Further, the use of formula that comes in powder form and must be mixed with water can be especially problematic in the developing world where clean water is often difficult to come by. Iif the water is contaminated, the infant’s health will be put at risk. In addition, formula is an expensive option compared to breastfeeding, which is free. This then begs the question: Why did President Trump state that infant formula is “needed because of malnutrition and poverty.” Mothers who are are malnourished may, of course, experience difficulties with lactation and choose infant formula as a result. That, however, raises yet another important public health issue. Rather than offering infant formula as the only option for malnourished mothers, why don’t we provide the necessary tools and a supportive environment, such as an adequate supply of nutrient-dense foods, that would make it possible for these women to breastfeed. By doing that, we would kill two birds with one stone: improving the health and nutrition of both the mothers and their newborns.
The American Academy of Pediatrics (AAP), the World Health Organization (WHO), the United Nations International Children’s Emergency Fund (UNICEF) and the Center for Disease Control (CDC) all recommend exclusive breastfeeding for the first six months of life, followed by continued breastfeeding combined with the introduction of complementary foods until at least 12 months of age, and the continuation of breastfeeding for up to two years or more. These recommendations are based on an established body of evidence demonstrating that breast milk is nutritionally, economically and ecologically more sustainable than formula. Despite these international recommendations, however, according to the CDC’s 2016 Breastfeeding Report Card, only 22.3 percent of infants were breastfed exclusively through 6 months.
The protective effects of breast milk are attributed to its unique composition of macronutrients, minerals and vitamins necessary for the optimal nutrition, growth and development of the newborn infant. Further, breast milk contains several bioactive compounds including IgA antibodies, HMOs, beneficial bacteria and long-chain polyunsaturated fatty acids (“healthy” fats) that support the development of the immune system and aid in the maturation of the infant gut to protect against infection and disease. The long-term benefits for the newborn include fewer sick days, decreased incidence of obesity, reduced risk of allergies and, potentially, reduced risk of autoimmune conditions such as type 1 diabetes. And, along with providing benefits for the newborn, breastfeeding also provides many protective benefits for the mother, including a decreased risk of cancer, cardiovascular disease and type 2 diabetes.
Human milk oligosaccharides (HMOs) are soluble carbohydrates highly abundant in human breast milk. HMOs have been receiving much attention lately due to their potential benefits in infant immune development by serving as a natural defense against pathogens and viruses during the breastfeeding duration. The gut of newborns is functionally immature and permeable at birth. The abrupt introduction to life outside the uterus and exposure to environmental pathogens given a permeable and undeveloped gut leaves the newborn in a state of vulnerability and increased risk of infection. Closure of the gut begins during the first postnatal week but may be delayed or altered by several factors, one being feeding method. Gut permeability has been shown to decrease faster in breastfed infants compared to formula-fed infants resulting in gut maturation. HMOs have also been demonstrated to serve as natural prebiotics (the food for bacteria commonly known as probiotics) by selectively stimulating the growth of specific beneficial bacteria for a healthier infant microbiome. HMOs are only found in human milk and therefore are not found in infant formulas, suggesting a potential mechanism for the observed differences in immune integrity between breastfed and formula-fed infants where there is a reduced incidence of viral infections found in breast-fed infants compared to formula-fed infants.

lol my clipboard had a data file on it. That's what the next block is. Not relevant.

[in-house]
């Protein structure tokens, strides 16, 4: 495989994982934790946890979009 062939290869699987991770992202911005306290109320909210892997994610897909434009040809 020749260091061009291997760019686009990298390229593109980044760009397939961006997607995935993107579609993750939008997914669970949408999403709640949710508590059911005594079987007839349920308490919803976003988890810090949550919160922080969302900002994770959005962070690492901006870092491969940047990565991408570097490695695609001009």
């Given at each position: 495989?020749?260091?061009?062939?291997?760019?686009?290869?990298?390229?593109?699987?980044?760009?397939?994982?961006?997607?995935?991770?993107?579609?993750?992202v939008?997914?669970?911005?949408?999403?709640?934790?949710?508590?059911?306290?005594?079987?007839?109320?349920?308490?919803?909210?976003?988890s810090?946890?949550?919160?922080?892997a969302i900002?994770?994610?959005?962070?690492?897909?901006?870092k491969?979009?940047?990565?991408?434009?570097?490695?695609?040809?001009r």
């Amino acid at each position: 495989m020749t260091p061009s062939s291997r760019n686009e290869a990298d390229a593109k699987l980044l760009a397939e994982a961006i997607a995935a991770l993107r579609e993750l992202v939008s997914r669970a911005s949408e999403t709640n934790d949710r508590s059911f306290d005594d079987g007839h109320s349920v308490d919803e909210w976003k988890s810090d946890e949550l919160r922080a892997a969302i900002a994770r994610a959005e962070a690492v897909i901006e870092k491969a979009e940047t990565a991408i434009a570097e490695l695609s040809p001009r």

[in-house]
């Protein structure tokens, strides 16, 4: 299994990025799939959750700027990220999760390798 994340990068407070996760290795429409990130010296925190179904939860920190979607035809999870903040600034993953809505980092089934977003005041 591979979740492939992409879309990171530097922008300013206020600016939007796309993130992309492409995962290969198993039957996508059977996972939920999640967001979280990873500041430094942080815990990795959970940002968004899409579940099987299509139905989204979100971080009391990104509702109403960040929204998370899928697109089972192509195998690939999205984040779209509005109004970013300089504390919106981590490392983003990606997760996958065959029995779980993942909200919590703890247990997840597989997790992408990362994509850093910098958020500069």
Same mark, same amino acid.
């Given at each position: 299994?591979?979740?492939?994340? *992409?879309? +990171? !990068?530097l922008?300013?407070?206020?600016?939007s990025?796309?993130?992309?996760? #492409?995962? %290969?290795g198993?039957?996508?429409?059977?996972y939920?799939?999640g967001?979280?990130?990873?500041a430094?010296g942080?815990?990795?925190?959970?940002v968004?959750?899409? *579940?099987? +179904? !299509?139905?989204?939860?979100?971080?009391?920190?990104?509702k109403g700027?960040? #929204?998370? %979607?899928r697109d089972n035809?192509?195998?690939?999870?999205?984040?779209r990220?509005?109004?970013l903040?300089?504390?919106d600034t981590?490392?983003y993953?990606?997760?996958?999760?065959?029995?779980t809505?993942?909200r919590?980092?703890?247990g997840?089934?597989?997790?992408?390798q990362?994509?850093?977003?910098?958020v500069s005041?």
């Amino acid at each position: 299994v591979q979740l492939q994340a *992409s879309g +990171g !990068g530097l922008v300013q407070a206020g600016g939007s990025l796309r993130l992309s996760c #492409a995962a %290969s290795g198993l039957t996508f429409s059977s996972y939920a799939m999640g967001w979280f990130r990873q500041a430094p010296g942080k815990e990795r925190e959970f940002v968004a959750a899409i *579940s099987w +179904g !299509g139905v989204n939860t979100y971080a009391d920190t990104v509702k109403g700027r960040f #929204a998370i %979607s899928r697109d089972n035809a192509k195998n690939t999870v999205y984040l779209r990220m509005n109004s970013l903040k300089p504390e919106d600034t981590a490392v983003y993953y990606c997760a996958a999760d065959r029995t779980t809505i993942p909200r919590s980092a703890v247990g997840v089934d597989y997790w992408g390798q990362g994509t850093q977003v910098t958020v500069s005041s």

It is important to note that the decision to breastfeed is not always simply a personal choice. Especially in the United States where working mothers must quickly get back to work, breastfeeding can be a challenge, particularly for mothers who are just making ends meet or don’t have the luxury of taking time off from work without pay. We must recognize the social and economic realities that influence the number of viable options for mothers who are not only trying feed their children but also themselves and other members of their families. Apart from social and economic reasons, mothers may also not be able to breastfeed due to poor milk production or other physical reasons. Mothers who are unable to breastfeed should not feel guilty, because there are several other methods they can use to bond with their child and ensure healthy growth. Stigmatization of mothers who feed their children infant formula should be reduced along with the stigmatization of mothers who breastfeed in public. Public health professionals and advocates should create a supportive environment for all mothers, providing sufficient education and resources on both breastfeeding and infant formula in order to the support optimal health of our next generation.